On Building A World Pt. 1

So you want to build a world. You’ve come up with a trickster god, a hand-held weapon, a word for currency and a man-eating bug. But tossing around ideas and crafting the fantasy home of a franchise are very different things. The world is where it’s at, the real value behind a cultural product. To own a universe—the Marvel Universe, the World of Warcraft, whatever you call the Terminator timeline—is to control where a product goes, and what it can be.

The best worlds are made up as the creator goes along, though that has a tendency to take that world off the lofty deep when people want more and more of that world (the first wizarding school J.K. Rowling came up with sounds like a brew ingredient, while the new American one sounds like a back-up dancer). That said, it allows for spontaneity, and that’s what separates the geniuses from the hacks. Those crazy ideas, those little details, and you can show the audience something it might have thought of but had never seen or heard before.

For two years, I developed intellectual properties for a sci-fi fantasy publisher. While most of our world-building sessions were good times that involved beer and pizza, the experience of try to craft a universe that was interesting, and more importantly commercially viable, taught me a lot about what does and doesn’t work. When I started the job, I was only concerned with awesome stuff, but then slowly learned that awesome stuff doesn’t necessarily a good world make.

There isn’t necessarily a right way to create a world, and the list of steps below only explains broad strokes. But I’ve found this breakdown to be helpful. Good luck playing God.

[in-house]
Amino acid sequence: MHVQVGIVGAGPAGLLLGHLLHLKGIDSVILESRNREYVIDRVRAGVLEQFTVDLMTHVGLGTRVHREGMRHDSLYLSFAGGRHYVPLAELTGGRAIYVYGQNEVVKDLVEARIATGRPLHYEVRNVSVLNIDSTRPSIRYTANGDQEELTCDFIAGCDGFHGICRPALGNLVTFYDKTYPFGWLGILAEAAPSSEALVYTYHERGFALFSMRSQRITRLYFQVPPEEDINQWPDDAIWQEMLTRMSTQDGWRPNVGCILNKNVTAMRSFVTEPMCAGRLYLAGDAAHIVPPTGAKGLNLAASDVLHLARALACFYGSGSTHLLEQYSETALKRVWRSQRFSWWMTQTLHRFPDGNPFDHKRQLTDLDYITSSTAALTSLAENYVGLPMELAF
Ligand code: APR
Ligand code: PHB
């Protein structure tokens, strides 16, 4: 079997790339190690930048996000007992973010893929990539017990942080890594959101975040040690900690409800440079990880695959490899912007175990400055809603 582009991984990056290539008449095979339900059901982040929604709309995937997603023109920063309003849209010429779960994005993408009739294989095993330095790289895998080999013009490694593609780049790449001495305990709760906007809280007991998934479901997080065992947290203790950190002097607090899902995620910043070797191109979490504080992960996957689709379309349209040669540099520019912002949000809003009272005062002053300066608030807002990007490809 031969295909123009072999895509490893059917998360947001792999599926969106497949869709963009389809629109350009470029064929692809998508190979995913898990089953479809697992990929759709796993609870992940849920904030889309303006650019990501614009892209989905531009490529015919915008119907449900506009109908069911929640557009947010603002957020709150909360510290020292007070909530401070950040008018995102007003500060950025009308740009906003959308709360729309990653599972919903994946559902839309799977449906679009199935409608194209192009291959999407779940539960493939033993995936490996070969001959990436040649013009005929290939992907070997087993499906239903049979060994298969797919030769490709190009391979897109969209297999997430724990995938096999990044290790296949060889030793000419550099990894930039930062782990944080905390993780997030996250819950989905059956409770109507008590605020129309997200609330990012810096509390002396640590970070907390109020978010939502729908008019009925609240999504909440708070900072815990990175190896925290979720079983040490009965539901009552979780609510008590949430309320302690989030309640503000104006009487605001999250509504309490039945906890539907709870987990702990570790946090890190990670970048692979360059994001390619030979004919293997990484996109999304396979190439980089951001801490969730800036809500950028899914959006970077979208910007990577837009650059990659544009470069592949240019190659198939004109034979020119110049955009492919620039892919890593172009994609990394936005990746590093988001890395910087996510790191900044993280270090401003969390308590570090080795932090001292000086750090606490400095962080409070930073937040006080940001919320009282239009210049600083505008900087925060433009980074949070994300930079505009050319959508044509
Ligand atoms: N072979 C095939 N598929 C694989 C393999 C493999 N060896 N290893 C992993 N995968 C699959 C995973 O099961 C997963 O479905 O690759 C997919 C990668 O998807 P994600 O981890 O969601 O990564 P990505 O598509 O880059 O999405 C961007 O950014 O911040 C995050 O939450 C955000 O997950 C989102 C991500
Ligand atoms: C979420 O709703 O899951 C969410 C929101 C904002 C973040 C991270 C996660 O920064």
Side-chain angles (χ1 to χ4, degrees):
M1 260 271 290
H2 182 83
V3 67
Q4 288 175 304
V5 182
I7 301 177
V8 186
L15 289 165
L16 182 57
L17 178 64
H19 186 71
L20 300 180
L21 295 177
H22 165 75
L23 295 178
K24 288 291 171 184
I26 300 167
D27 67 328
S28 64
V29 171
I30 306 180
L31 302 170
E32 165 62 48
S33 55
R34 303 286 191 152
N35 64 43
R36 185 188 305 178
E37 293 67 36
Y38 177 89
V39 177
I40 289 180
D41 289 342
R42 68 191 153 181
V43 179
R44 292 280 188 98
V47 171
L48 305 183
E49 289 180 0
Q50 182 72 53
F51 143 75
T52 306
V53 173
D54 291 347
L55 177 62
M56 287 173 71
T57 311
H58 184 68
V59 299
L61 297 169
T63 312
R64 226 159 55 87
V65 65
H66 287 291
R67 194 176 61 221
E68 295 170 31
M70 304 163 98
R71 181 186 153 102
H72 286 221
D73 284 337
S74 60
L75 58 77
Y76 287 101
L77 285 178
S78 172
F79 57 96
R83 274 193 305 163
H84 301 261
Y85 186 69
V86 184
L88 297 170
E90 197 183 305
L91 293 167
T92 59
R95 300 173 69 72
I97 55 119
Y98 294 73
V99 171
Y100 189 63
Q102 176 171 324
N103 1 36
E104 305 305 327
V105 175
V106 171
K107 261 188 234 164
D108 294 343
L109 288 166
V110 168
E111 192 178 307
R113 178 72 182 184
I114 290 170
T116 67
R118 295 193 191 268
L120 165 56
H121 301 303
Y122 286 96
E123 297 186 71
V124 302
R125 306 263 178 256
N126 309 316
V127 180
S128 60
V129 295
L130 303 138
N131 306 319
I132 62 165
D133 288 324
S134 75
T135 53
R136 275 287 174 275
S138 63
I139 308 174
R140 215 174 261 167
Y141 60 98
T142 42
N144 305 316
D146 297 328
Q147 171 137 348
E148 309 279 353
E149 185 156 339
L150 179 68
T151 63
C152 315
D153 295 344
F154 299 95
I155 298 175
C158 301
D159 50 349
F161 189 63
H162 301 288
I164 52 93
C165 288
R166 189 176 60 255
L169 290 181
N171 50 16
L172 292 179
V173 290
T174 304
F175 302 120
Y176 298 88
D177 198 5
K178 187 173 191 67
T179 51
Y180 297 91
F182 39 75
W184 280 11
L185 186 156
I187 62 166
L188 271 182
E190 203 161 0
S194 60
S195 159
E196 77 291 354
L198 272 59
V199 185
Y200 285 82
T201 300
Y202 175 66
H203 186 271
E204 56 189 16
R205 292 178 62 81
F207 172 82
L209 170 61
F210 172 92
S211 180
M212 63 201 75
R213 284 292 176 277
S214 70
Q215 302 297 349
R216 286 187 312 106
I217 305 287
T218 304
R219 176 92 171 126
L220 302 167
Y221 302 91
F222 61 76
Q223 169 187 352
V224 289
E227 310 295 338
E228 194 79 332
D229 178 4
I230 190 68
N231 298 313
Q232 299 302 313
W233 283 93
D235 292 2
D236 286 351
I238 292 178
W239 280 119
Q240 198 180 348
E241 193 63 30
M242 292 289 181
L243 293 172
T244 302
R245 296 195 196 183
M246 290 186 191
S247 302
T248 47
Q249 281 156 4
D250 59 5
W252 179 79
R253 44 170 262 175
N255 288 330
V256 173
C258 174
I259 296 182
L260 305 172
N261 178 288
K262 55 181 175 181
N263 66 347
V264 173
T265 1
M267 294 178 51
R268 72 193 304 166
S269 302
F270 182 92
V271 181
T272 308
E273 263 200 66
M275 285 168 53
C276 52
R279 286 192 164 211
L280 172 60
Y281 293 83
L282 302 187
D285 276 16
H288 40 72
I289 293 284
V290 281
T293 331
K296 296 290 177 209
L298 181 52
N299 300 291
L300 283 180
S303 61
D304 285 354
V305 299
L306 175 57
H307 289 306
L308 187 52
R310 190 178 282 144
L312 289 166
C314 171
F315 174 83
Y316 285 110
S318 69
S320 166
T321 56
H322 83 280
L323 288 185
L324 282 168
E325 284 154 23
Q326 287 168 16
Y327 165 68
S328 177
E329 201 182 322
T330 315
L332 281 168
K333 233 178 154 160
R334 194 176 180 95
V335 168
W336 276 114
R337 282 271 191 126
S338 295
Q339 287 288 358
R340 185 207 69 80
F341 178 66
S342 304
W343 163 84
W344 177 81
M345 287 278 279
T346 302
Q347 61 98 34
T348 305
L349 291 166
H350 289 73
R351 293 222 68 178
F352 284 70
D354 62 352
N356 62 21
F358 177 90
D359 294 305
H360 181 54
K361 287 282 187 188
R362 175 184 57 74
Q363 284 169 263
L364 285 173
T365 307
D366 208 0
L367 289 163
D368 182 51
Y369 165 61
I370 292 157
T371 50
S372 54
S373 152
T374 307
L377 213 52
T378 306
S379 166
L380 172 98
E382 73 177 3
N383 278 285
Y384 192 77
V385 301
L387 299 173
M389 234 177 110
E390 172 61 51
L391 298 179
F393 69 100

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  1. What’s cool?

Most people tire out after this one, because it’s all they have—a series of ideas formed with the phrase, “Wouldn’t it be cool if…” And that’s great. Worst thing that happens, this doesn’t become a functional world, but it gives you spare parts for another one. Always have fun having cool ideas; why else would you do this?

A world should be cool, in some way, especially if it takes a step away from reality. A futuristic or magical universe that doesn’t  excite you isn’t worth building. That excitement can be small excitement—mundane things can be cool, Kevin Smith movies can be cool—but the spark needs to exist.

So, get it all out. Just vent those awesome ideas onto a page. There you go. That’s a good god.

Be ready to return to this pile of cool things at all times. Collect them. Write down a list of them, or write them on cards and put them in a jar. Cool idea run-off is as valuable as the cool ideas themselves.

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  1. What’s the vibe?

This one is pretty easy if you don’t care that much, but really intense if you’re going for something specific.

Great worlds grab one or more of your emotions and ride them off into the sunset. That emotional standpoint, those notes that need to be hit—that should be determined outright. This effects the way we view an entire story, and who the people in it inherently are. For example, the world of The Walking Dead has a really tense, desperate vibe, while the world of, say, Zombieland is very madcap and fun. Both surround the zombie apocalypse, but they are inherently different.

This is heavily dictated by aesthetic. Black and white or color? Clean shapes or crosshatching? Realistic or cartoony? But the vibe dictates the aesthetic choices as well. The minute you decide you’re telling a story of joy or weakness or agony, you’re choosing what we will see or feel from it.

This can certainly change as more characters are introduced and more viewpoints are examined. But it extends beyond the people you’re focusing on, to the world outside their doors, to the way everyone sort of feels.

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  1. Where does life find your characters?